Academic journal article Journal of International Business Research

Is It Beneficial to Incur Environmental Cost? A Case Study of Toyota Motors Corporation, Japan

Academic journal article Journal of International Business Research

Is It Beneficial to Incur Environmental Cost? A Case Study of Toyota Motors Corporation, Japan

Article excerpt

BACKGROUND OF THE STUDY

Environmental accounting concept and practice has evolved from sustainability reports and the broader concept of corporate social responsibility. In this age when globalization and the growth of multinational enterprises have been blamed for environmental neglect and depletion of natural resources, it is but relevant to highlight the activities companies engage in to preserve and repair its natural environment. Senge (2008) calls for a 'necessary revolution' in the way businesses are conducted--a new business rationale of sustainability. Porter (2008), updates his views on competitive advantage with green solutions on resource productivity to societal problems.

Sustainability reporting, particularly, environmental accounting has been advocated by Japanese companies and the government since 1999. This is in response to the absence of generally accepted standards on environmental reporting and a move to further advance the Global Reporting Initiative of 1997.

Globally, companies in the computers & electronics and automotive manufacturing have been the leaders in sustainability reporting next to pharmaceutical companies. The highest growth in reporting has taken place in Japan, France and the U.K. followed by Germany. Standardization has been observed to increase quantity and quality of reporting particularly in Japan due to the government's regulation and encouragement (Kolk 2003).

In the Philippines, there is no set standard that provides for the consistency and comparability of environmental disclosures within firms because it is left to the discretion of management (Aquino 2009). It is therefore, important to study the environmental accounting and reporting practices of Japan because it may influence the same practices in its subsidiaries in developing countries like the Philippines.

STATEMENT OF THE PROBLEM

Is it beneficial to incur environmental cost?

Based on the experience of Japanese companies, particularly Toyota Motors Corporation, aside from rooting on culture, and compliance with regulations, are environmental investments and expenses beneficial? Taking the lead role in advocating environmental accounting should also merit its benefits to convince other countries and companies to do the same.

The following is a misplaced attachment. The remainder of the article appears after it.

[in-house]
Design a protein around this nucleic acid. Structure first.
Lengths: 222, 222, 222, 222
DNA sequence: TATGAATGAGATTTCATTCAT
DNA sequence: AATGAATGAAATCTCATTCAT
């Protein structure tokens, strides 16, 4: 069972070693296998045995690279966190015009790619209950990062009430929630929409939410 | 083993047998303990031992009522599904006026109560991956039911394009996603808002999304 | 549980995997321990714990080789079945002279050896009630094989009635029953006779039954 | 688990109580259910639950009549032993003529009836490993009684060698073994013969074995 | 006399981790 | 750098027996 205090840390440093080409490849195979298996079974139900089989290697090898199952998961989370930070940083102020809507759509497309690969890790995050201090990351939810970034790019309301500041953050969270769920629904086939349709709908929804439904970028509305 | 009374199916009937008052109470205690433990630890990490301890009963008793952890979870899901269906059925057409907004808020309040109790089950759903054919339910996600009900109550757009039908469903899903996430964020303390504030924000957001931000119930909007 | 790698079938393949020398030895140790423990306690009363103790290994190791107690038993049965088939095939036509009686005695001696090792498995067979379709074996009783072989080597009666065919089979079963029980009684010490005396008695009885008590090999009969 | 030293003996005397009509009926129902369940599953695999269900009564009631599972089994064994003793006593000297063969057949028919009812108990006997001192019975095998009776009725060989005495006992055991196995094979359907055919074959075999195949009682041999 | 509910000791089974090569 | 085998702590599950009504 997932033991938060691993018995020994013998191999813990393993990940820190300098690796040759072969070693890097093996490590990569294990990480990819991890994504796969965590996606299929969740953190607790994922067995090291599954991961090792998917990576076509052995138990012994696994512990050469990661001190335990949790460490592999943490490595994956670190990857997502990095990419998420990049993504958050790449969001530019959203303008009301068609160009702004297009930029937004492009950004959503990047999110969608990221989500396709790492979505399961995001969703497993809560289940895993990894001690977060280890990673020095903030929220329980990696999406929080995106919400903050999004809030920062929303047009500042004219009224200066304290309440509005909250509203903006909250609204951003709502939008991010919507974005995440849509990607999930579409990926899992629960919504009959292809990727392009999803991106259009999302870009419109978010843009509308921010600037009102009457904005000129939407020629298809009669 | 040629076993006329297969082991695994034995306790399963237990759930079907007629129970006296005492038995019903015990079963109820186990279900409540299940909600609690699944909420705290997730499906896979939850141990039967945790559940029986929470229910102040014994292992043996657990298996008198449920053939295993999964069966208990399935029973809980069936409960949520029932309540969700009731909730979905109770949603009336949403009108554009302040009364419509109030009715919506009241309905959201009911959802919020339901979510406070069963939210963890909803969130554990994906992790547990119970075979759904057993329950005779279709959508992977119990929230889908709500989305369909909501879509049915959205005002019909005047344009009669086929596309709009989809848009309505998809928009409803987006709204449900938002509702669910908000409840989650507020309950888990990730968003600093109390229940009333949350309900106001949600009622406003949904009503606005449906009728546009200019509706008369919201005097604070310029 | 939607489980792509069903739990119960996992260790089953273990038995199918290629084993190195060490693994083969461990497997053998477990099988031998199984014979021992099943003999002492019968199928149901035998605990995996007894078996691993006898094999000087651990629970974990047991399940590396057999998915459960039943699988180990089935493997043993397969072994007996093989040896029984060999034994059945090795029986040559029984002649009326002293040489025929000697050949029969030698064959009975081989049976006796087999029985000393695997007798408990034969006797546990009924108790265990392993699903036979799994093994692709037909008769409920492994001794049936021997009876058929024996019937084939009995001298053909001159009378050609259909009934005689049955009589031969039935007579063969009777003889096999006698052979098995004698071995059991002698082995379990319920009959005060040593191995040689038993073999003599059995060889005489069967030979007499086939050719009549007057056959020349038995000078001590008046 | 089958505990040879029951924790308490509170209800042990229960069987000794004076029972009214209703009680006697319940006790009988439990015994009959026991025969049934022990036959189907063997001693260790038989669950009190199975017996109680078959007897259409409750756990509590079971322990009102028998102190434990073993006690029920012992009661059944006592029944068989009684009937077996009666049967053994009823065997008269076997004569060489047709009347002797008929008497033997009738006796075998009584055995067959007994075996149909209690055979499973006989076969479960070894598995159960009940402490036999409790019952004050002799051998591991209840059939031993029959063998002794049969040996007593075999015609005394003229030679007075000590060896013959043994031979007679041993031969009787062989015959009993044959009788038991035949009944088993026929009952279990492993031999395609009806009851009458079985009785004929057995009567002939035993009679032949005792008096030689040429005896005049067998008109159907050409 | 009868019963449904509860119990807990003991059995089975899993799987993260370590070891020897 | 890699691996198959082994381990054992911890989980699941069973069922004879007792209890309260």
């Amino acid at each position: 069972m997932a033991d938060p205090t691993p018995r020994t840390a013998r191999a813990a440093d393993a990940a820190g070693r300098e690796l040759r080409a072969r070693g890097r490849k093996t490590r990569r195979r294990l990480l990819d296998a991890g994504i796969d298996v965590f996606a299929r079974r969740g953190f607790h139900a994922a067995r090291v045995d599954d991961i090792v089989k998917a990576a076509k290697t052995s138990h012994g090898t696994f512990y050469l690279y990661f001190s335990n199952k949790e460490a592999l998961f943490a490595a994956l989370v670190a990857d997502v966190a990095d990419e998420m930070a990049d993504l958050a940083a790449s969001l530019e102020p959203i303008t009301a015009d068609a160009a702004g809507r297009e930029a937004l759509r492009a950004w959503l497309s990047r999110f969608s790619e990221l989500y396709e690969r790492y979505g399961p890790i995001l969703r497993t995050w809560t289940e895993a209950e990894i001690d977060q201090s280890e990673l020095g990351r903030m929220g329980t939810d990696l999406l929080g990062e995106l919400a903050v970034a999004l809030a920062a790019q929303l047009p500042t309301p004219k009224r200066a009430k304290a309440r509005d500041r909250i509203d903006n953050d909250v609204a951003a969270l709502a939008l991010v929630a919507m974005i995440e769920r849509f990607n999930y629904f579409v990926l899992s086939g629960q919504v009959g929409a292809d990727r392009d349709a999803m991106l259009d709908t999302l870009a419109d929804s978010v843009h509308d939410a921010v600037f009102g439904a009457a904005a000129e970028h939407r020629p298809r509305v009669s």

RESEARCH OBJECTIVES

This study has the following objectives to prove the cost-beneficial view of environmental accounting:

To describe Toyota's environmental accounting report within the context of Japan's prescribed guidelines;

To relate the environmental costs and investments to the firm's financial performance;

CONCEPTUAL FRAMEWORK

From an Economic Perspective

This paper uses the Kaldor-Hick Efficiency basis of cost-benefit analysis. The KaldorHicks efficiency states that an outcome is more efficient if those that are made better off could in theory compensate those that are made worse off, so that a Pareto improving outcome results. This criterion is widely applied in welfare economics and managerial economics and forms the underlying rationale for cost benefit analysis because it provides a more practical standard justifying costs with net social benefits. The theoretical foundations of the cost-benefit theory could be traced back in welfare economics in the 19th century France (Nas 1996).

The OECD has espoused cost-benefit analysis in their public advocacies on environment policy, transportation planning, and health care. Particularly for the environment, the OECD has highlighted special challenges on environmental problems and environmental policy that pose for cost-benefit analysis. It is in this light that the OECD suggests cost benefit appraisals to take account of recent concern about sustainable development (OECD 2006).

In cost-benefit analysis, an alternative, such as engaging in environmental activities is evaluated by comparing the total costs, in this case environmental expenses and investments, with the total benefits, cost savings, other income from recyclable materials and avoidable clean up and litigation costs. …

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